Roland Watson
January 2007

In December, the United States distributed a non-binding resolution against the SPDC in the United Nations Security Council, with the text of the resolution reportedly condemning the attacks against the Karen people in Eastern Burma; the SPDC’s use of rape as a weapon of war; and its imprisonment of political prisoners.

The logic of the U.S. initiative is easy to grasp. China and Russia, the SPDC’s diplomatic supporters (and business partners – if Burma were Nazi Germany they’d be in the “let’s sell them ovens” camp), would find it difficult politically to reject such language, particularly since it is non-binding. Then, having set the precedent of Security Council action on Burma, the U.S. could move on to stronger, binding resolutions, and even sanctions.

The effort was suspended until this year. The main reason for this was to complete the Security Council sanctions against Iran’s nuclear program, which to the U.S. was a higher priority than the Burma resolution.

The revised membership of the Council also favors action on Burma. Four states out of the ten that supported the inclusion of the country as an agenda item (Denmark, Greece, Japan and Argentina) have left, but potentially all five new members (Belgium, Indonesia, Italy, Panama and South Africa) will back action. This would yield eleven countries in support of a resolution, and prospectively other future steps, up from the ten in 2006.

Current membership includes the five permanent members, the U.S., U.K., France, Russia and China; the states whose terms expire at the end of this year, Republic of the Congo, Ghana, Peru, Qatar and Slovakia; and the new members. Of the first ten, Russia, China, Republic of the Congo and Qatar opposed adding Burma as an agenda item.

This still leaves the question of priority, though, specifically current U.S. priorities, since it is the resolution sponsor. A review of United States foreign policy reveals that it has the following priority structure.

First priority: Iraq, Afghanistan, Israel, China, North Korea, Iran.

Second: Russia, relations with the U.N., other Middle East (Palestine, Lebanon, Syria, Saudi Arabia), Pakistan, Columbia, Venezuela.

Third: India, the Sudan, Burma.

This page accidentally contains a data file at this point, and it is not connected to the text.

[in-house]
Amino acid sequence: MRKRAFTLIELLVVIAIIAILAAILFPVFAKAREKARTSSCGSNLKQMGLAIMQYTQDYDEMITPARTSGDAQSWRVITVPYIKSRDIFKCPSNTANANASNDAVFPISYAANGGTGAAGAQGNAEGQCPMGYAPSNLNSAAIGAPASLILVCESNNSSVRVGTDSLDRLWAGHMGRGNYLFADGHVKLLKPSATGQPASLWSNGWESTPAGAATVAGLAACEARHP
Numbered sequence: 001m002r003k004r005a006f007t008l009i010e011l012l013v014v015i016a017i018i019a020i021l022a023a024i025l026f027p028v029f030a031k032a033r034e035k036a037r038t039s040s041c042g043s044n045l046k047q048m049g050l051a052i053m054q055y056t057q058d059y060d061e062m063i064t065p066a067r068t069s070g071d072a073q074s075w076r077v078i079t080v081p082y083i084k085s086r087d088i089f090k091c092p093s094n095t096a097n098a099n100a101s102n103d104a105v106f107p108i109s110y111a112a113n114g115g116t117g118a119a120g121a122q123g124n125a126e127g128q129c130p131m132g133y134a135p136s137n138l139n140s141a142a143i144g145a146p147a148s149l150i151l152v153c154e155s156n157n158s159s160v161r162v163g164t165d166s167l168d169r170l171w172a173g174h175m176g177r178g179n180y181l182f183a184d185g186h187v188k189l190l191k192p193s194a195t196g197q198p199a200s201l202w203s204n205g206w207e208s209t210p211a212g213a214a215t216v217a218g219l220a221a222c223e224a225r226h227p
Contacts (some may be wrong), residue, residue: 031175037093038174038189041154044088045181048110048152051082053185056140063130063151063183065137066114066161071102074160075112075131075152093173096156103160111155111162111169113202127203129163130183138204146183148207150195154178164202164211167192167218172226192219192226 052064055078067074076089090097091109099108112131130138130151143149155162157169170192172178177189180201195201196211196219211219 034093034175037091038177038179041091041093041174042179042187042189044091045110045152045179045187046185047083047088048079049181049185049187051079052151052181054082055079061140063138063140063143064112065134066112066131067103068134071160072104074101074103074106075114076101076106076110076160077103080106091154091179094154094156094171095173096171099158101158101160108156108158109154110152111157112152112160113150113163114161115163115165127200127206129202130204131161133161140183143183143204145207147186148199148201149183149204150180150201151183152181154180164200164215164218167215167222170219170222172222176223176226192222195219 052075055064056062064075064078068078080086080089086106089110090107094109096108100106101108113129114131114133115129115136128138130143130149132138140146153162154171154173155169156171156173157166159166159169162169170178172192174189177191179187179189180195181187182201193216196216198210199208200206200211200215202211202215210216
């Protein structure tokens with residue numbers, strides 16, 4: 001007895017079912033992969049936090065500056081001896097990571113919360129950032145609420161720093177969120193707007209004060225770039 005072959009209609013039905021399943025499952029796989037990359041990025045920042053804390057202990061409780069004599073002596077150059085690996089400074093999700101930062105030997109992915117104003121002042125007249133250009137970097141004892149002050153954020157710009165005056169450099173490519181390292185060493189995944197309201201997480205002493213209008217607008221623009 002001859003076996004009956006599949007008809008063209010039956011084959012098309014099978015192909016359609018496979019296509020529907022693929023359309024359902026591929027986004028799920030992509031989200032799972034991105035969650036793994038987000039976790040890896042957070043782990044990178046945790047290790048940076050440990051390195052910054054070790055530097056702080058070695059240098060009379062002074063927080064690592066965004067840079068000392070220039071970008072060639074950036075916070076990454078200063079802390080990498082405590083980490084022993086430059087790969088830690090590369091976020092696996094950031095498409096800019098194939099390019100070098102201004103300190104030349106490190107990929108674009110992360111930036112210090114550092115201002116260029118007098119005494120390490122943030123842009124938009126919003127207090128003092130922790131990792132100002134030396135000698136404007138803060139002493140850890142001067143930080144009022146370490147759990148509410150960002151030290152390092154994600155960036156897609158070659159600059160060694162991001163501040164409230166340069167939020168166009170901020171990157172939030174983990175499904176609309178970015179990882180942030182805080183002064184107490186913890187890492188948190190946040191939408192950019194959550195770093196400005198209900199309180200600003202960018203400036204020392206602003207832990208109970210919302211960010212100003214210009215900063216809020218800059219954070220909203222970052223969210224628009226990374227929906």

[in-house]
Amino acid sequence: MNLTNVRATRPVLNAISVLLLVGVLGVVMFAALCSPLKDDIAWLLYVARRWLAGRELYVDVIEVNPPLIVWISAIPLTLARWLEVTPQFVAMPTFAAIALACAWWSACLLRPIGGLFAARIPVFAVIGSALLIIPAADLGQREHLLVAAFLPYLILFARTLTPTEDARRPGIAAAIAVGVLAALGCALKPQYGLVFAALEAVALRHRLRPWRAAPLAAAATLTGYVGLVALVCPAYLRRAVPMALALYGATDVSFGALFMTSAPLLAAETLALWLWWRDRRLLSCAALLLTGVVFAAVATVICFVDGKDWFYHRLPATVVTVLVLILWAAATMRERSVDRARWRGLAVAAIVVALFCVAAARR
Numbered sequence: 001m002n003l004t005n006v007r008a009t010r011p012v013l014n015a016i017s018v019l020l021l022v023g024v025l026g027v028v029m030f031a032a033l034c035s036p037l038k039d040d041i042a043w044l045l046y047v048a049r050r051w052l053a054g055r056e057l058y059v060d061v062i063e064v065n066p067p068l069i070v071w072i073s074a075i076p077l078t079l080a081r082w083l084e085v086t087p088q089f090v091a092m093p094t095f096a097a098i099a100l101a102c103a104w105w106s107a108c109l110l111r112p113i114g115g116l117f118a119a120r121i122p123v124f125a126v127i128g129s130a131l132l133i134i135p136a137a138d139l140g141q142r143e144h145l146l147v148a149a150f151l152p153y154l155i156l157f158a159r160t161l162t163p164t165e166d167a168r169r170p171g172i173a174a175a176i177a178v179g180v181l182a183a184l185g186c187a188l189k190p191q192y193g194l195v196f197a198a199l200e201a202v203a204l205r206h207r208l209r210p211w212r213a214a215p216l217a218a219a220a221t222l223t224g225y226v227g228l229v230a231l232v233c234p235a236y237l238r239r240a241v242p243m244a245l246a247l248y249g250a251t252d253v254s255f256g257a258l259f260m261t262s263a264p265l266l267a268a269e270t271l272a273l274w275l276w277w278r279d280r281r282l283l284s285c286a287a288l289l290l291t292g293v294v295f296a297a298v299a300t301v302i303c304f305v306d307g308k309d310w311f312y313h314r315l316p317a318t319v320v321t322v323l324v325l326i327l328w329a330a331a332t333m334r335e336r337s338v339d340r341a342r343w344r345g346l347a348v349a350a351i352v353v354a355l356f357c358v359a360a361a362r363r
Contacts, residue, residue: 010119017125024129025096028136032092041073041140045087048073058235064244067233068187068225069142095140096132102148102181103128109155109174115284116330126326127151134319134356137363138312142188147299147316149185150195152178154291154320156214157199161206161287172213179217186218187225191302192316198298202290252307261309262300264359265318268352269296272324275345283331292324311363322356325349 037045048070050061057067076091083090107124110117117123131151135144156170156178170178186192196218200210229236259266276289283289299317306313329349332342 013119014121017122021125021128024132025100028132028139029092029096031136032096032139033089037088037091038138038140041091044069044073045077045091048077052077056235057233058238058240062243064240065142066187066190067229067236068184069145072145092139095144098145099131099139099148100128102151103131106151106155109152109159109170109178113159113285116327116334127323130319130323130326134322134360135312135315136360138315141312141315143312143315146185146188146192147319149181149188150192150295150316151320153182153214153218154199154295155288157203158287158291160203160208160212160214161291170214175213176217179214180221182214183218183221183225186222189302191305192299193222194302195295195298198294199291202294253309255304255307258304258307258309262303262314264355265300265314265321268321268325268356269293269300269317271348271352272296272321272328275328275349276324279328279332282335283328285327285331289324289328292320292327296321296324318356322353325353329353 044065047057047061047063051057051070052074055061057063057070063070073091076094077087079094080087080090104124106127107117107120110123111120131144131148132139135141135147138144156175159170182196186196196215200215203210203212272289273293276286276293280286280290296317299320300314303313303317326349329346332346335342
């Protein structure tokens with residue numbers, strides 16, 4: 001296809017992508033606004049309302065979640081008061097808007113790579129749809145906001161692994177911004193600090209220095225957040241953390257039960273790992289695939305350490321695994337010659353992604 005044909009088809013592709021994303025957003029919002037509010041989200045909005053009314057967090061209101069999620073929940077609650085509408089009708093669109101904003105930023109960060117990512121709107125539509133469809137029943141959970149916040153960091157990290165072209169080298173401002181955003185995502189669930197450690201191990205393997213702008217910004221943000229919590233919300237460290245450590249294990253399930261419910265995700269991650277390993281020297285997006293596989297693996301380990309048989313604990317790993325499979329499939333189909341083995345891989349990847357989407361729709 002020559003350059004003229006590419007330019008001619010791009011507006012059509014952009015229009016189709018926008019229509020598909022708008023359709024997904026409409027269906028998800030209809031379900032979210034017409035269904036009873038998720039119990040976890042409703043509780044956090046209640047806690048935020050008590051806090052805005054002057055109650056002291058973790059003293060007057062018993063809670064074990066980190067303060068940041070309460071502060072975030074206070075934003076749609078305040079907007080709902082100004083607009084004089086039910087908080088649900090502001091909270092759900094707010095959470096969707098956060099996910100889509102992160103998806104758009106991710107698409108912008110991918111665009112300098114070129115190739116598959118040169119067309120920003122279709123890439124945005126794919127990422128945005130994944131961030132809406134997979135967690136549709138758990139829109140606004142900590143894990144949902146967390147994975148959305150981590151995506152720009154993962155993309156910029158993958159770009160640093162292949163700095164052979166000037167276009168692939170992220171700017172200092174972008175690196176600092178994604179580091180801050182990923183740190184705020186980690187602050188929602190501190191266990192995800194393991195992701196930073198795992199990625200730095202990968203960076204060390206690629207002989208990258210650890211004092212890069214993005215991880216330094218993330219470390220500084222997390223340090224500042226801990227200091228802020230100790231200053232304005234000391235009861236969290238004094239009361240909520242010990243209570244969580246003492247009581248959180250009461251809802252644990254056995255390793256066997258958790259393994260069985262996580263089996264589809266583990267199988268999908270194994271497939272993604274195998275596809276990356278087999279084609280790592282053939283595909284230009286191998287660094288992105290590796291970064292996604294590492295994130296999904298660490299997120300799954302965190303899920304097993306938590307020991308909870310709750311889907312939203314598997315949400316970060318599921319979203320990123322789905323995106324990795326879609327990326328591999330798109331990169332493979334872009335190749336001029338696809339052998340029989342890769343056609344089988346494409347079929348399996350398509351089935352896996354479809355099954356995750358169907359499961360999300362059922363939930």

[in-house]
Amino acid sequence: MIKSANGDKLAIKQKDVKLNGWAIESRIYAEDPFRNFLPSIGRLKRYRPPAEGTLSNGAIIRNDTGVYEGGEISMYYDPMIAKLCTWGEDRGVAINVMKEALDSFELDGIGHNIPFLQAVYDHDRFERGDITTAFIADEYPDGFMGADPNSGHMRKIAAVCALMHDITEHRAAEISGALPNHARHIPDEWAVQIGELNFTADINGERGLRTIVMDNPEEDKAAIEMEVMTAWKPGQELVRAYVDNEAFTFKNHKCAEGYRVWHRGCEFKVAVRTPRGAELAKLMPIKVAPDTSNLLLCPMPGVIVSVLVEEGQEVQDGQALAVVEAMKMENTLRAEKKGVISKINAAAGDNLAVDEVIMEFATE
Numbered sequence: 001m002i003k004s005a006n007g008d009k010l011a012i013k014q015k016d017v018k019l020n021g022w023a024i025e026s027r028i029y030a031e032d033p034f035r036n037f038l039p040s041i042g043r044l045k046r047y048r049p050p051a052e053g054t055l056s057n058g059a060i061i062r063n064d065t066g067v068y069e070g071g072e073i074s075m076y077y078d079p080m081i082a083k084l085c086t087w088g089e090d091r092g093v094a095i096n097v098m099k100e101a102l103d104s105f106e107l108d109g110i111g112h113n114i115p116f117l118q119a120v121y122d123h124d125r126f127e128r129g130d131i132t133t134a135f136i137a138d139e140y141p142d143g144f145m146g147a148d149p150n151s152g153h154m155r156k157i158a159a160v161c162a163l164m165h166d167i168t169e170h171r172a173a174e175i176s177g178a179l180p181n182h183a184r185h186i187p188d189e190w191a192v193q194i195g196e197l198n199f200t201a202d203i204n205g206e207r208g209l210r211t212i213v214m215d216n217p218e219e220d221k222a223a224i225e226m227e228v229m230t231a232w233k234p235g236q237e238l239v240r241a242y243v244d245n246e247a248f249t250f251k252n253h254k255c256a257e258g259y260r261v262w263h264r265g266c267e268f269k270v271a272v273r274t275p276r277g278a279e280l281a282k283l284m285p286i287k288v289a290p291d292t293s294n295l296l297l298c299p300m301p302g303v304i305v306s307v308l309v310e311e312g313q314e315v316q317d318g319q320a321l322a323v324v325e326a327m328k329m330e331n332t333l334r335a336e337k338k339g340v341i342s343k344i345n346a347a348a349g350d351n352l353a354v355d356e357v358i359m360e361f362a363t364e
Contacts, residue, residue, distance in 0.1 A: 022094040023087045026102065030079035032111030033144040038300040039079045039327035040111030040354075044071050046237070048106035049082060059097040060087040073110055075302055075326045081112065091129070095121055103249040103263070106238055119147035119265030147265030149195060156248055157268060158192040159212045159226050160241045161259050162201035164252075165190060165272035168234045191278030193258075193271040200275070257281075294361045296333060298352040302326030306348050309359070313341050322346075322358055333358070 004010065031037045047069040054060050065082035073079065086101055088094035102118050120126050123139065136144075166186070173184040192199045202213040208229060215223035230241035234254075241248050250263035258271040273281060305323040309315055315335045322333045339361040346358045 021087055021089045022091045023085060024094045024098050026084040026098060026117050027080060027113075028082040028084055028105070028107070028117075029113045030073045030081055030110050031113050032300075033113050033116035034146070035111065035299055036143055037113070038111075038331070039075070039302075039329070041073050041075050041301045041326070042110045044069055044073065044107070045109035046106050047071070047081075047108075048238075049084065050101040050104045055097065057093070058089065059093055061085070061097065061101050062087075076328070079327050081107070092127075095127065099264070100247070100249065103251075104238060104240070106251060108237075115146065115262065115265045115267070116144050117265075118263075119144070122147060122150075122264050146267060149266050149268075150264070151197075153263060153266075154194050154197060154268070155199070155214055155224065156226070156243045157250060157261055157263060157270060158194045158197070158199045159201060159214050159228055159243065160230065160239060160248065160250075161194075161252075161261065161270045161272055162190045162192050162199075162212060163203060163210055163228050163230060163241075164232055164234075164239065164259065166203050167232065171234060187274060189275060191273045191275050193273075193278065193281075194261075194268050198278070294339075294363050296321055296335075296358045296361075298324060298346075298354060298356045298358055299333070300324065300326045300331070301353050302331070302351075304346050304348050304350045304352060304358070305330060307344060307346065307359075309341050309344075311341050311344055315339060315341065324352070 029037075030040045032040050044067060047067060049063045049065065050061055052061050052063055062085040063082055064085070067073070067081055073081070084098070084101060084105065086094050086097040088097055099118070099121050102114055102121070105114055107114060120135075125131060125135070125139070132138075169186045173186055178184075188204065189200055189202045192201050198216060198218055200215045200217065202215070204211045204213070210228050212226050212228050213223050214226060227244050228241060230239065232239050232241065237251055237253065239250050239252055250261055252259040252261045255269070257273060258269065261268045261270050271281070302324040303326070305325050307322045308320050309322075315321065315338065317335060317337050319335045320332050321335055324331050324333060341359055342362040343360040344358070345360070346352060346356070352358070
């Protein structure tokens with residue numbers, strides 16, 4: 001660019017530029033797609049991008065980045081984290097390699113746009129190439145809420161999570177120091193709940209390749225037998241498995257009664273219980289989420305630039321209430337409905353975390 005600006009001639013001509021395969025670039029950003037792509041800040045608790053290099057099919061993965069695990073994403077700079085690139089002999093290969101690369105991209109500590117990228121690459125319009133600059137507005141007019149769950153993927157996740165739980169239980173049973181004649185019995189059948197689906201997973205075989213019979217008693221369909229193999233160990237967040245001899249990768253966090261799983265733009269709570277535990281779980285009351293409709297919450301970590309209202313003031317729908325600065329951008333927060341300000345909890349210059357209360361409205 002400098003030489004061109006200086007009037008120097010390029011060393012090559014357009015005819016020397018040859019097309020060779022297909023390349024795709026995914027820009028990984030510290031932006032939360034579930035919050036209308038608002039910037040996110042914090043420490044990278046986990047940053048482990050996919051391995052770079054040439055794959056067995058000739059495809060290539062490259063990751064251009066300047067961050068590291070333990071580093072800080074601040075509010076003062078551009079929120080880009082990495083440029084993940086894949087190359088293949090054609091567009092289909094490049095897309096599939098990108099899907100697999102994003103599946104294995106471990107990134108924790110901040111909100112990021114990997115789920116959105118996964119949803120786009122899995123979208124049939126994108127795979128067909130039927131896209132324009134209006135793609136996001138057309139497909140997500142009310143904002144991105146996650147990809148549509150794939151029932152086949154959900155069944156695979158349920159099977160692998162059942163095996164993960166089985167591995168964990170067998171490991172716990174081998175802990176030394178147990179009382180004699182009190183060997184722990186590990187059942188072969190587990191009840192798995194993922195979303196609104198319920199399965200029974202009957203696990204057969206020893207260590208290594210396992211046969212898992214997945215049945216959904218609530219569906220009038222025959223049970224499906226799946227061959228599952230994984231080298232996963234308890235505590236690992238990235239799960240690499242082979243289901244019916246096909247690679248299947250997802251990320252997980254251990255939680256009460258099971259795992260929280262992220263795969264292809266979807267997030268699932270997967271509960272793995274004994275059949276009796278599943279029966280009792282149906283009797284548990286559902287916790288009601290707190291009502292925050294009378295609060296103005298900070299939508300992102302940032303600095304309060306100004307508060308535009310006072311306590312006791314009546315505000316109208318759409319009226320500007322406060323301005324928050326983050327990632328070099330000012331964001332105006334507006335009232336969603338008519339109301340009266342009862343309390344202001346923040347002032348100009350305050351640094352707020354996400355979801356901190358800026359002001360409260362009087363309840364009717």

No priority: African poverty, global environmental problems including global warming, pollution (particularly air pollution from China), deforestation and over-fishing.

For the first three, the State Department has experts on all of these countries and political situations (although throughout the course of their careers the State experts are conditioned to be predisposed against action). The fact that the lower priorities receive such scant and sporadic attention reflects the fact that the leaders in the Administration, President Bush and Secretary Rice, are unable to grasp and set policy on these wide-ranging issues. They are not leading the U.S. to fulfill the role it should and is expected to have.

We are of course also hampered by the fact that a strong spokesperson for action on Burma, John Bolton, left office. At this time there is no way to anticipate how much effort his reported successor, current U.S. Ambassador to Iraq Zalmay Khalilzad, will expend on Burma.

A non-binding resolution against the SPDC is a good next step (after agenda inclusion), but it should not end there. At a minimum a formal investigation of the SPDC’s crimes against humanity should be conducted; an international peacekeeping force should be deployed – to protect the people in Eastern Burma; and an international arms embargo should be imposed.

There are other steps that should be taken as well. For example, a Dictator Watch contributor recently spoke with the head of the Shan State Army - South, Colonel Yawdserk, who asked that the following message be distributed:

All nations should close their local Burma embassies.
The U.N. should expel the SPDC.

Colonel Yawdserk also said that economic sanctions and political pressure will not be enough, and that the only way to get freedom and liberty is to resist the military junta with the use of armed resistance.

Special Forces soldiers of the Shan State Army - South